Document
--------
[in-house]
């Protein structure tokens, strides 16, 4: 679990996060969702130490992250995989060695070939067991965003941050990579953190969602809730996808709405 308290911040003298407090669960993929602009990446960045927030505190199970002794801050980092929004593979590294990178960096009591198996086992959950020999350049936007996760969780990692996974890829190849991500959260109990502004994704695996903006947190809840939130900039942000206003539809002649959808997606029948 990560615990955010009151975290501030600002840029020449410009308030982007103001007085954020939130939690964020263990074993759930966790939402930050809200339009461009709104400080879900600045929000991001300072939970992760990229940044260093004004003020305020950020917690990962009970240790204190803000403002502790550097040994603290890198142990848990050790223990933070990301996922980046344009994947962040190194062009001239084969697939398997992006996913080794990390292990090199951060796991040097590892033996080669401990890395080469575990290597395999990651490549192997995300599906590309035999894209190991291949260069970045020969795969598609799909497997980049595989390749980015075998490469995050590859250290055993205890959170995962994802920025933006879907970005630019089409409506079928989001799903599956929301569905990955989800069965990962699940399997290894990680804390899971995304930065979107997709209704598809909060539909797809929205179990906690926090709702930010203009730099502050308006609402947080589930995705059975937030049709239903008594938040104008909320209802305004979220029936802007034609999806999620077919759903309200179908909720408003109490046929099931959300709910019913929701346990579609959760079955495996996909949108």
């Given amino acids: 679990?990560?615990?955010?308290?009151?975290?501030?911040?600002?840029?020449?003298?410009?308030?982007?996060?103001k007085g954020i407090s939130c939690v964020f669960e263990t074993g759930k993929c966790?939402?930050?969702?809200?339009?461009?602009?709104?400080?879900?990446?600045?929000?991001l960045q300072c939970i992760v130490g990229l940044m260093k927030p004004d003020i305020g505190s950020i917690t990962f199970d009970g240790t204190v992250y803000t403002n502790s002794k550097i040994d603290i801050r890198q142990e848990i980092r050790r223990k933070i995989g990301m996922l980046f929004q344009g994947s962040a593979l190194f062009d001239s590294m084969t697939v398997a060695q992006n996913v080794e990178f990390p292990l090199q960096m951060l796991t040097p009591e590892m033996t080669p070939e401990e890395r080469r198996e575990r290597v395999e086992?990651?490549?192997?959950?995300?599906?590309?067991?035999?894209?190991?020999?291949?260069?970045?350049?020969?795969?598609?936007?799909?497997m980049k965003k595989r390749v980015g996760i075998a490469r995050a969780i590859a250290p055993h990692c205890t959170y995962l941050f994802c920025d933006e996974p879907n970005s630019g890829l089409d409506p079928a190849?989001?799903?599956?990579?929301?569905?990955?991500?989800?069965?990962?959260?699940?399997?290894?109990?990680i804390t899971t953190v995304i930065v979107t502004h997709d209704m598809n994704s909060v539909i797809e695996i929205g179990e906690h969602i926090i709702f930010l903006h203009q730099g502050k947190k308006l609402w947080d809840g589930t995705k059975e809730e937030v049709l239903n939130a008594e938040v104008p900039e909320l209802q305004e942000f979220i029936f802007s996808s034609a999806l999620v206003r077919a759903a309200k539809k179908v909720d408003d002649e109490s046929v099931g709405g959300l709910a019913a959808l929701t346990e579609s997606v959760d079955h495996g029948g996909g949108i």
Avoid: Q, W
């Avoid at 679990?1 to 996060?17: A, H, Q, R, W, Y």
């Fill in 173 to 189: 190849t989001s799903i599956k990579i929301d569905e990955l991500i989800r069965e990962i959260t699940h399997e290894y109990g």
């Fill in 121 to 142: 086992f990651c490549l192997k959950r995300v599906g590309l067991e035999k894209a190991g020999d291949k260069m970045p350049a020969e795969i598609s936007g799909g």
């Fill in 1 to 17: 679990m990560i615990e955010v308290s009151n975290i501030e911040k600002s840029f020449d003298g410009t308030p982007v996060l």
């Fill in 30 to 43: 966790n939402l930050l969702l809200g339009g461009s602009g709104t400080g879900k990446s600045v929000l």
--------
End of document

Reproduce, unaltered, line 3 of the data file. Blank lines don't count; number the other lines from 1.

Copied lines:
């Given amino acids: 679990?990560?615990?955010?308290?009151?975290?501030?911040?600002?840029?020449?003298?410009?308030?982007?996060?103001k007085g954020i407090s939130c939690v964020f669960e263990t074993g759930k993929c966790?939402?930050?969702?809200?339009?461009?602009?709104?400080?879900?990446?600045?929000?991001l960045q300072c939970i992760v130490g990229l940044m260093k927030p004004d003020i305020g505190s950020i917690t990962f199970d009970g240790t204190v992250y803000t403002n502790s002794k550097i040994d603290i801050r890198q142990e848990i980092r050790r223990k933070i995989g990301m996922l980046f929004q344009g994947s962040a593979l190194f062009d001239s590294m084969t697939v398997a060695q992006n996913v080794e990178f990390p292990l090199q960096m951060l796991t040097p009591e590892m033996t080669p070939e401990e890395r080469r198996e575990r290597v395999e086992?990651?490549?192997?959950?995300?599906?590309?067991?035999?894209?190991?020999?291949?260069?970045?350049?020969?795969?598609?936007?799909?497997m980049k965003k595989r390749v980015g996760i075998a490469r995050a969780i590859a250290p055993h990692c205890t959170y995962l941050f994802c920025d933006e996974p879907n970005s630019g890829l089409d409506p079928a190849?989001?799903?599956?990579?929301?569905?990955?991500?989800?069965?990962?959260?699940?399997?290894?109990?990680i804390t899971t953190v995304i930065v979107t502004h997709d209704m598809n994704s909060v539909i797809e695996i929205g179990e906690h969602i926090i709702f930010l903006h203009q730099g502050k947190k308006l609402w947080d809840g589930t995705k059975e809730e937030v049709l239903n939130a008594e938040v104008p900039e909320l209802q305004e942000f979220i029936f802007s996808s034609a999806l999620v206003r077919a759903a309200k539809k179908v909720d408003d002649e109490s046929v099931g709405g959300l709910a019913a959808l929701t346990e579609s997606v959760d079955h495996g029948g996909g949108i």